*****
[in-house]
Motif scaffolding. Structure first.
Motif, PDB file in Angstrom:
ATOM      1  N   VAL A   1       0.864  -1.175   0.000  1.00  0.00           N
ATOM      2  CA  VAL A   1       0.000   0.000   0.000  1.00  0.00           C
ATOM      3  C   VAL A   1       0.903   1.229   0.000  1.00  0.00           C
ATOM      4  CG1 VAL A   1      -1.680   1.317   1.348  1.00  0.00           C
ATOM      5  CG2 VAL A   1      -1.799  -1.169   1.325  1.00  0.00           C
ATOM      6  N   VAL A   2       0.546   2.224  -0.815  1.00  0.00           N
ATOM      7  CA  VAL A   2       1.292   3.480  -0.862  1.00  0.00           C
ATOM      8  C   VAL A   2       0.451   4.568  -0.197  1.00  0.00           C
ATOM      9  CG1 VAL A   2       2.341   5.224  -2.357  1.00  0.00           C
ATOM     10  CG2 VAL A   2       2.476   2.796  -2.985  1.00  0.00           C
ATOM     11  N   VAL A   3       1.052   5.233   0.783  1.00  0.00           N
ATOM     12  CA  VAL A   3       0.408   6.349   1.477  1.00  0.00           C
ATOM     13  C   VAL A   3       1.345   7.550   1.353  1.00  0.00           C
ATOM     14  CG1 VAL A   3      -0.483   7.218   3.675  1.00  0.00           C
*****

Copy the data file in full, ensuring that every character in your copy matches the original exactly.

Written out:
[in-house]
Motif scaffolding. Structure first.
Motif, PDB file in Angstrom:
ATOM      1  N   VAL A   1       0.864  -1.175   0.000  1.00  0.00           N
ATOM      2  CA  VAL A   1       0.000   0.000   0.000  1.00  0.00           C
ATOM      3  C   VAL A   1       0.903   1.229   0.000  1.00  0.00           C
ATOM      4  CG1 VAL A   1      -1.680   1.317   1.348  1.00  0.00           C
ATOM      5  CG2 VAL A   1      -1.799  -1.169   1.325  1.00  0.00           C
ATOM      6  N   VAL A   2       0.546   2.224  -0.815  1.00  0.00           N
ATOM      7  CA  VAL A   2       1.292   3.480  -0.862  1.00  0.00           C
ATOM      8  C   VAL A   2       0.451   4.568  -0.197  1.00  0.00           C
ATOM      9  CG1 VAL A   2       2.341   5.224  -2.357  1.00  0.00           C
ATOM     10  CG2 VAL A   2       2.476   2.796  -2.985  1.00  0.00           C
ATOM     11  N   VAL A   3       1.052   5.233   0.783  1.00  0.00           N
ATOM     12  CA  VAL A   3       0.408   6.349   1.477  1.00  0.00           C
ATOM     13  C   VAL A   3       1.345   7.550   1.353  1.00  0.00           C
ATOM     14  CG1 VAL A   3      -0.483   7.218   3.675  1.00  0.00           C